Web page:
Given an undirected graph $G$ with non-negative edge weights, how can we prove that the predecessor subgraph $G_{p}$ of $G$ is always connected?

Here's how the predecessor subgraph is defined: for a graph $G = (V, E)$ with source $s$, the predecessor subgraph of $G$ is $G_{p} = (V_{p}, E_{p})$, where $V_{p} = \{ v \in V : v.p \neq NIL\} \cup \{s\}$ and $E_{p} = \{ (v.p, v) : v \in V_{p} - \{s\}\}$

I've read that the predecessor subgraph forms a tree, but in the context of that claim, it was assumed the predecessor subgraph is connected and $|E_{p}| = |V_{p}| - 1$.

Can anyone offer a proof that the predecessor subgraph $G_{p}$ of a graph $G$ is always connected (or disprove the claim)?

  • $\begingroup$ I'm assuming that you're dealing with undirected graphs with non-negative edge weights, and you are interested in the predecessors from a single source vertex. Is this correct? $\endgroup$
    – Steven
    Sep 21 at 18:05
  • $\begingroup$ Also there are multiple ways to define the predecessor subgraph. Do you want a graph in which you add exactly one edge $(p,v)$ for each non-source vertex $v$ such that $p$ is the predecessor of $v$, or you want to have an edge for each possible predecessor? Are the edges undirected or directed towards $v$? If the edges are directed, what do you mean by "connected"? $\endgroup$
    – Steven
    Sep 21 at 18:17
  • $\begingroup$ In response to your first question: yes, that's correct. For the second, I've updated the question and added the definition of the predecessor subgraph I'm using $\endgroup$
    – Hugh Mann
    Sep 21 at 19:04
  • 1
    $\begingroup$ $v.p$ is not defined, but I guess it's the parent of $v$ as set by the breadth first search algorithm. $\endgroup$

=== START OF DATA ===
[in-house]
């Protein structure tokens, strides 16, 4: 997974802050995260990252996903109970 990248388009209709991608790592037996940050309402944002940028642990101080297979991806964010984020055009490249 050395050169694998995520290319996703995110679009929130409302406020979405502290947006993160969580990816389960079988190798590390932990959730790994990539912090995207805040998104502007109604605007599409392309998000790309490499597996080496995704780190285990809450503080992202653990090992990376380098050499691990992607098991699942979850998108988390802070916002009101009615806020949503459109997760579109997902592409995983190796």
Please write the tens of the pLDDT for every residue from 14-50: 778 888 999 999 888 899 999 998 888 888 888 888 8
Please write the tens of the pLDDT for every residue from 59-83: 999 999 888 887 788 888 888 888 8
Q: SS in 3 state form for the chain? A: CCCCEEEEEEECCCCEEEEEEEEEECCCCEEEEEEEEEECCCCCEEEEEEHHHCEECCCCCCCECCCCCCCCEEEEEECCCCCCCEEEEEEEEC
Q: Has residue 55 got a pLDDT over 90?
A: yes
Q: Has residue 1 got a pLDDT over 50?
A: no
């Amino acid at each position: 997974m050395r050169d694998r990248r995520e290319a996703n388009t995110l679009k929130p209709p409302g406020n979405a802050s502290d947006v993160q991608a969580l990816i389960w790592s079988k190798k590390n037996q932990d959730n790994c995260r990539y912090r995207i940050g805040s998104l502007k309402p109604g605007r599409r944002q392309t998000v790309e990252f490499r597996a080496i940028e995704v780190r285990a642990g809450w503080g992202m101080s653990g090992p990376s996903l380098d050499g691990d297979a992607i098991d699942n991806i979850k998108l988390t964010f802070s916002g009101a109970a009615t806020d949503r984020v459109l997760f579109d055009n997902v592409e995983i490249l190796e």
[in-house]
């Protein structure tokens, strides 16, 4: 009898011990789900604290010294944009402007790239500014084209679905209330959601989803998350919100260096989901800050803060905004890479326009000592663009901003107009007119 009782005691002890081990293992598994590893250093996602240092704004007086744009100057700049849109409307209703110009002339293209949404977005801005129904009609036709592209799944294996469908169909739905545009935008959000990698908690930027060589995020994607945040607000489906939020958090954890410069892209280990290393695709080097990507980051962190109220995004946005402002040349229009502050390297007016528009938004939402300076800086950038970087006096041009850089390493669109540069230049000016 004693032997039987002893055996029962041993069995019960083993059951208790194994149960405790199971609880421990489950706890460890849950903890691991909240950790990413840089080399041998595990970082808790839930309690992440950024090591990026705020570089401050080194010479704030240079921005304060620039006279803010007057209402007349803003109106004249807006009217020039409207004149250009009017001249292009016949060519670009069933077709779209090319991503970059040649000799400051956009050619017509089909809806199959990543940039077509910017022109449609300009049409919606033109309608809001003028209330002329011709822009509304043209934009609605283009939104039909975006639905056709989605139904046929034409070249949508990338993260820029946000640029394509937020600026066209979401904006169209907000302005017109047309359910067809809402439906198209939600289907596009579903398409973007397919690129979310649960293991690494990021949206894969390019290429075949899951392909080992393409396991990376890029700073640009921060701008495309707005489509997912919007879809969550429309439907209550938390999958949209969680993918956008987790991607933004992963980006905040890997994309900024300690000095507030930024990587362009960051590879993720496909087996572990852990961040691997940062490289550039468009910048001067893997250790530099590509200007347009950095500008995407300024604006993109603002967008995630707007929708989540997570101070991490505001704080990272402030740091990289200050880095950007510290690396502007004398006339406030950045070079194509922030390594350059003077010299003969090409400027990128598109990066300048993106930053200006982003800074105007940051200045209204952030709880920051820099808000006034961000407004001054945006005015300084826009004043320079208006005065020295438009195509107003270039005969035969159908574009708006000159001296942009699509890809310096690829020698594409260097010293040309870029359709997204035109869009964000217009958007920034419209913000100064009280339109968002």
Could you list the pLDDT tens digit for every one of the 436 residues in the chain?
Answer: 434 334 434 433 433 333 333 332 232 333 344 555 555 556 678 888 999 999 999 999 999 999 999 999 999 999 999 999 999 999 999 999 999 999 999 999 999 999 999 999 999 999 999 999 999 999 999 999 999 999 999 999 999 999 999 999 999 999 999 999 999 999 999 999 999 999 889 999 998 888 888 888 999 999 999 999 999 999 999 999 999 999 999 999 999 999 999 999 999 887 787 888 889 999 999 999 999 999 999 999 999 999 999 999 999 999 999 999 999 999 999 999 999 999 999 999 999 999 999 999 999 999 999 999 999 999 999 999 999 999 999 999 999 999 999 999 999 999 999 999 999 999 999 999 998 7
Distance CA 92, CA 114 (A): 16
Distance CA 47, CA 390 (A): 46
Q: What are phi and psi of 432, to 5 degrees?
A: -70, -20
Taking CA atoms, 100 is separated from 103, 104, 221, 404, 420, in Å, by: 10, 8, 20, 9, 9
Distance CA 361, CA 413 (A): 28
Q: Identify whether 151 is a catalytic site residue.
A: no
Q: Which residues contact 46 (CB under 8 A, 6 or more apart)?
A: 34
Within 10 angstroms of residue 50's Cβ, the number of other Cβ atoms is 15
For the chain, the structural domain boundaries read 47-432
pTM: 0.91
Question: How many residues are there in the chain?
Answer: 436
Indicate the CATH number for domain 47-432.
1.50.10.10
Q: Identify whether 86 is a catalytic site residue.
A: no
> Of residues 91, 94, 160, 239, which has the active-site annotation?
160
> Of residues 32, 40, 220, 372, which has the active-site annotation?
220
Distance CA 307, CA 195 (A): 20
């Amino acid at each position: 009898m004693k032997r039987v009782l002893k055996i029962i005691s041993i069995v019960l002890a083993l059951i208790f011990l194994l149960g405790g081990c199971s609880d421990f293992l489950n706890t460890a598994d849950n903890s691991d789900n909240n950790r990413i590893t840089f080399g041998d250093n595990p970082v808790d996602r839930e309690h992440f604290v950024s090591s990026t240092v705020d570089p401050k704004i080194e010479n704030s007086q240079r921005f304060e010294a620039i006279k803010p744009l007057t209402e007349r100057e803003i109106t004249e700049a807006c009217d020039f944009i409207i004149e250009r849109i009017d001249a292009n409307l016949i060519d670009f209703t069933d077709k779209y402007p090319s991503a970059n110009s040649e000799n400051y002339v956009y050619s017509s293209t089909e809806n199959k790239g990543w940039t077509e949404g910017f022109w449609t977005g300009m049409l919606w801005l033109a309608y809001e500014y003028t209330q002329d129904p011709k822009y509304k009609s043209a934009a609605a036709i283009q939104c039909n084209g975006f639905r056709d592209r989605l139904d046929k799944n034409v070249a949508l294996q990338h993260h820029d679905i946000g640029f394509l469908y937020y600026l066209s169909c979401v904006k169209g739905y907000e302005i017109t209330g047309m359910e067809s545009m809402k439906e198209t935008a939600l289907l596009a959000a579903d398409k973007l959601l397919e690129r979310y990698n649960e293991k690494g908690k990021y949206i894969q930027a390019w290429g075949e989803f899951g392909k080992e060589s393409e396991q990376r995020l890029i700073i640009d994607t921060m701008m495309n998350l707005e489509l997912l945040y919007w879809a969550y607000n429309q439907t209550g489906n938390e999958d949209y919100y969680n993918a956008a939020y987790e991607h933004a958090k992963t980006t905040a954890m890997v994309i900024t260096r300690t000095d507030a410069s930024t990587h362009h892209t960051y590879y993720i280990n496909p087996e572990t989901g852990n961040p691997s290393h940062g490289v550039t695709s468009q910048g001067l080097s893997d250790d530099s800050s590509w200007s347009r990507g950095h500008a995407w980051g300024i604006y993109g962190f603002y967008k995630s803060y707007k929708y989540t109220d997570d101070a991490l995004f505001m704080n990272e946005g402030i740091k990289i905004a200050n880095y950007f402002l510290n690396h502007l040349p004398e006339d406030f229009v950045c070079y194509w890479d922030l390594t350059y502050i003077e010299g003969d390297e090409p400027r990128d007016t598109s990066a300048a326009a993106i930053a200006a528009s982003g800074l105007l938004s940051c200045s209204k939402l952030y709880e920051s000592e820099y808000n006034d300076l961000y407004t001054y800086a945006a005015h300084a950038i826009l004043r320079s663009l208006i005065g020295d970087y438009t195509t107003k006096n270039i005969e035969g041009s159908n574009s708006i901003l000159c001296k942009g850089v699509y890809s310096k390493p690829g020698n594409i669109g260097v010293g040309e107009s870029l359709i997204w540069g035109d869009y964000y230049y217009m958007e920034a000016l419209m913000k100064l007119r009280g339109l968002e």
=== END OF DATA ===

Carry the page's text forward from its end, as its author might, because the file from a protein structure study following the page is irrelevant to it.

– Steven
    Sep 21 at 19:32
  • $\begingroup$ Yes, that's correct $\endgroup$
    – Hugh Mann
    Sep 21 at 19:36

1 Answer 1


Let $s$ be your source vertex and let $d(v)$ denote the distance from $s$ to $v$. Let $v_1, \dots, v_n$ be the vertices of your graph in non-decreasing order of distances from $s$.

You can show by induction on $i$ that the subgraph $G_i$ of $G_p$ induced by $\{v_1, \dots v_i\}$ is connected.

The base case is trivial as $G_1$ contains only $v_1=s$.

Consider now $i>1$. It suffices to argue that $G_i$ contains an edge $(v_j, v_i)$ for some $j<i$. By definition, the predecessor $p(v_i)$ of a vertex $v_i$ (w.r.t. the source $s$) ensures that there is a shortest path from $s$ to $v_i$ that first goes from $s$ to $p(v_i)$ and then traverses the edge $(p(v_i),v)$. Since edge-weights are non-negative, $d(p(v_i)) < d(v_i)$ which shows that $p(v)=v_j$ for some $j<i$.

Since your graph has exactly $n-1$ edges and it is connected, it is actually a tree.

  • $\begingroup$ Can you explain why it suffices to argue that $G_i$ contains an edge $(v_j, v_i)$ for some $j<i$? $\endgroup$
    – Hugh Mann
    Sep 25 at 21:22
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    $\begingroup$ By induction hypothesis the subgraph $G_{i-1}$ induced by $v_1, v_2, \dots, v_{i-1}$ is connected. If there is an edge from any of these vertices $v_j$ to $v_i$ then $G_i$ is connected too. A path from $v_h$ (with $h < i$) to $v_i$ in $G_i$ can be obtained by concatenating a path from $v_h$ to $v_j$ in $G_{i-1}$ (which is connected) with the edge $(v_j, v_i$). A path from $v_i$ to $v_h$ in $G_i$ can be obtained by concatenating the path consisting of the sole edge $(v_i, v_j)$ with a path from $v_j$ to $v_h$ in $G_{i-1}$ (which is connected). $\endgroup$
    – Steven
    Sep 25 at 23:00

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